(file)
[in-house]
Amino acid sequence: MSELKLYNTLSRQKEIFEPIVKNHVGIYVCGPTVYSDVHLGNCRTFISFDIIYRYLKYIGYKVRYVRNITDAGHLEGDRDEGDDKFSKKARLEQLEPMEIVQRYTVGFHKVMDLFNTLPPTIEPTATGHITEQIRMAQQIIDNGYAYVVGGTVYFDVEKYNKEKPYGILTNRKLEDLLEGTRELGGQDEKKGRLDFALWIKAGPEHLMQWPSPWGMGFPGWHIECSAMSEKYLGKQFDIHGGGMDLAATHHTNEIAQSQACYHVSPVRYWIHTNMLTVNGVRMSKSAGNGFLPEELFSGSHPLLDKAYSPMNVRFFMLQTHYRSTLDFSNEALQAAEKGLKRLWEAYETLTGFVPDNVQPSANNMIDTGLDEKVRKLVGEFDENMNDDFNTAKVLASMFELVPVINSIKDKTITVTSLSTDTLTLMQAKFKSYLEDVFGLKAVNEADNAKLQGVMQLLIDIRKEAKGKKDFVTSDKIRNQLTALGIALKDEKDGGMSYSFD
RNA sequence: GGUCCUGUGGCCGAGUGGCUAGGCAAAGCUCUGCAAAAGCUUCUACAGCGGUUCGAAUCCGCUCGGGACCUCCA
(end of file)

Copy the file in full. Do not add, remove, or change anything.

[in-house]
Amino acid sequence: MSELKLYNTLSRQKEIFEPIVKNHVGIYVCGPTVYSDVHLGNCRTFISFDIIYRYLKYIGYKVRYVRNITDAGHLEGDRDEGDDKFSKKARLEQLEPMEIVQRYTVGFHKVMDLFNTLPPTIEPTATGHITEQIRMAQQIIDNGYAYVVGGTVYFDVEKYNKEKPYGILTNRKLEDLLEGTRELGGQDEKKGRLDFALWIKAGPEHLMQWPSPWGMGFPGWHIECSAMSEKYLGKQFDIHGGGMDLAATHHTNEIAQSQACYHVSPVRYWIHTNMLTVNGVRMSKSAGNGFLPEELFSGSHPLLDKAYSPMNVRFFMLQTHYRSTLDFSNEALQAAEKGLKRLWEAYETLTGFVPDNVQPSANNMIDTGLDEKVRKLVGEFDENMNDDFNTAKVLASMFELVPVINSIKDKTITVTSLSTDTLTLMQAKFKSYLEDVFGLKAVNEADNAKLQGVMQLLIDIRKEAKGKKDFVTSDKIRNQLTALGIALKDEKDGGMSYSFD
RNA sequence: GGUCCUGUGGCCGAGUGGCUAGGCAAAGCUCUGCAAAAGCUUCUACAGCGGUUCGAAUCCGCUCGGGACCUCCA